Last night was the welcome dinner for the class of 2006. A formal event held in the main library (which some of you might recognize as the 'laboratory' in which Peter Parker is bitten in the latest movie), it's the first evening we've all been to in which people were expected to be dressed up. 'Business elegant,' as the invitations said, and I was impressed that most people were done up in black but not fuscous. All in all, we're a class with good taste in clothes.
The most common thing I've heard so far is, "This is like being back in high school." While I can understand how some might think that, I can only imagine how most of my fellows' high school experiences must differ from mine. In that spirit, I offer Ten Ways In Which Law School Is Different From High School.
1. High school was dumber. This probably goes without saying, but you don't run into anyone here that seems... well, dumb. But then, the folks I've met here didn't go to high school in Alabama, so I'm willing to concede that maybe they all finished their senior year with a bundle of geniuses.
2. There are no Mitsubishi Eclipses. The bright red Mitsubishi Eclipse, driven generally by a 'clique' girl with matching nail polish and a bit too much makeup, was a staple of my high school years. I haven't seen that yet, and no one here would even think about matching their nail polish to the color of the New York metro.
3. There terms of battle are better. Back in my high school days, the big conflict was between the Jocks and the 'Heads. For some reason never quite clear to me, if you liked football you loathed heavy metal, and vice versa. This conflict generally took place in scribblings on the walls of the men's bathroom, with the 'Heads having the upper hand, if only because they were generally more literate. "Heads suck donkys [sic]" was about as good as the first side ever got. The Jocks had advantages of size, brutality, and a more practical dress sense, demonstrated when one Jock yanked off the chain connecting a 'Head's nose ring to his nipple piercing.
I've not found a lot of this at law school, at least not yet. (Certainly not the violence: who'd want their big fight appearing as a question on the Torts exam?) I can only imagine what such doctrinal disputes would entail, anyway? "Dear Textualists: please note that for the purposes of the signs saying 'do not dispose of towels in the toilets,' toilet paper is not considered to be towels," I suppose, or maybe something witty like, "Your mamma's so ugly she could get sued for assault just for walking down the street without makeup." Come to think of it, most of us are so wordy that the witty insults might not fit on the bathroom doors.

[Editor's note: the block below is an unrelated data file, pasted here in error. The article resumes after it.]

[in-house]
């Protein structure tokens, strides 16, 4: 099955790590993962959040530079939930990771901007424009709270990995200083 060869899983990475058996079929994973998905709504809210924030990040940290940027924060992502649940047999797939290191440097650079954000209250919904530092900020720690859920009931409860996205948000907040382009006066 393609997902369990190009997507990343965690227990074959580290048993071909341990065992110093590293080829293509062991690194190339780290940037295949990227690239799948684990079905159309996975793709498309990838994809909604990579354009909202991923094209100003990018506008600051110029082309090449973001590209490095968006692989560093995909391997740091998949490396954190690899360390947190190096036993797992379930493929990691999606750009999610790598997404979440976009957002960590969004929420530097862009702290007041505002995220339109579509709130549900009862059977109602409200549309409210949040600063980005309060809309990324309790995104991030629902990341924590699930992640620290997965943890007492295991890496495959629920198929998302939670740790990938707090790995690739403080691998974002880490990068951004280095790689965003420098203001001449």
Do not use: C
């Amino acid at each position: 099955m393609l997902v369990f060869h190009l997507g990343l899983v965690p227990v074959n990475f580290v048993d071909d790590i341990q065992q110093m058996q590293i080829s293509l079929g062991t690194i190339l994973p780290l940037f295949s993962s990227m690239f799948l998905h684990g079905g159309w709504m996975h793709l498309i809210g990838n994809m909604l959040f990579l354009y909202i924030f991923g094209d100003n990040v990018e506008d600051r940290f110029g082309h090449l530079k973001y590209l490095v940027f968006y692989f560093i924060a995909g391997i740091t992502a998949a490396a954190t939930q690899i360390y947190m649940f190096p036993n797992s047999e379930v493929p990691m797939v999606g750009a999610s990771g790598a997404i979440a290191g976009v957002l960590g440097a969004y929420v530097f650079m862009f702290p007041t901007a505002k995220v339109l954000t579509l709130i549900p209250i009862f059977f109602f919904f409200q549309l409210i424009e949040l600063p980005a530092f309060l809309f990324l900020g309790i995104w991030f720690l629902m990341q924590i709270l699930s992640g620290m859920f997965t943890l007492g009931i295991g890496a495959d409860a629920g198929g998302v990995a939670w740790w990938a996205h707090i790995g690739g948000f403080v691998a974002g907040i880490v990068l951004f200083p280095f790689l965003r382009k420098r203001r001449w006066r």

4. No smoking in the bathroom. Really, how can it be like high school if no one's slipping into the bathroom for a quick Camel?
5. The drinking's better. Last night six people stood around discussing whether Laphroaig had 'a distinctive peaty flavor that's an acquired taste' or 'was like sucking on my brother's Zippo.' I remember similar conversations in high school, but it was about Mad Dog 20/20.
6. Less homeroom, more spam. How can it be like high school if there's not that wasted twenty minutes each day where you're completely arbitrarily stuck in a room and fed administrative pablum? Whereas the law school gets around this by sending us twenty or so spams a day for events we're not actually allowed to attend. (So far today there's Latino Society, St. Thomas More dinner, a play date for students with families...)
7. Windows. My high school was one of the casualties in Jimmy Carter's 'moral equivalent of war on environmental damage,' and in order to save on heating costs had no windows in any of its rooms. Couple that with paint in shades of institutional brown, orange, and yellow, and it's remarkable I'm not more psychologically damaged than I am. On the other hand, Columbia Law School seems to have been designed to let as much light as possible into the study areas, perhaps on the idea that we'll be even more inspired to work if we can see just how gorgeous the day is outside.
8. No Slayer T-Shirts. If you went to high school in the early 90's, you understand. If you're one of the law students here who make me feel like a decrepit old man, just trust us on this, OK?
9. Manners. Who ever held a door for a lady in high school? "Please" and "thank you," at least back in my day, might as well have been declared obsolete or foreign words. Table manners in the cafeteria hadn't advanced much since the table of Ghengis Khan. Whereas last night not only was everyone dressed elegantly, but just about everyone knew the order of the forks, the order in which one uses spoons, and not to eat until everyone had been served.
10. Less sex. I distinctly remember there being more sex going on in high school, and more people talking about it. Though one classmate has commented on this observation by pointing out that the sex wasn't half as good. (See the comment on booze above.)
Anyway, it's not completely dissimilar to high school. We're all a 'class' again, in a way that you don't feel as an undergraduate with thousands of peers. We have class ranks, report cards, and the detrius of a structured academic lifestyle. We have deans (just like principals) talking to us about mission and duty and service. No one really feels like they know what they're doing. But I'm not going to feel my high school years are back until the guys here are handing around the Mad Dog.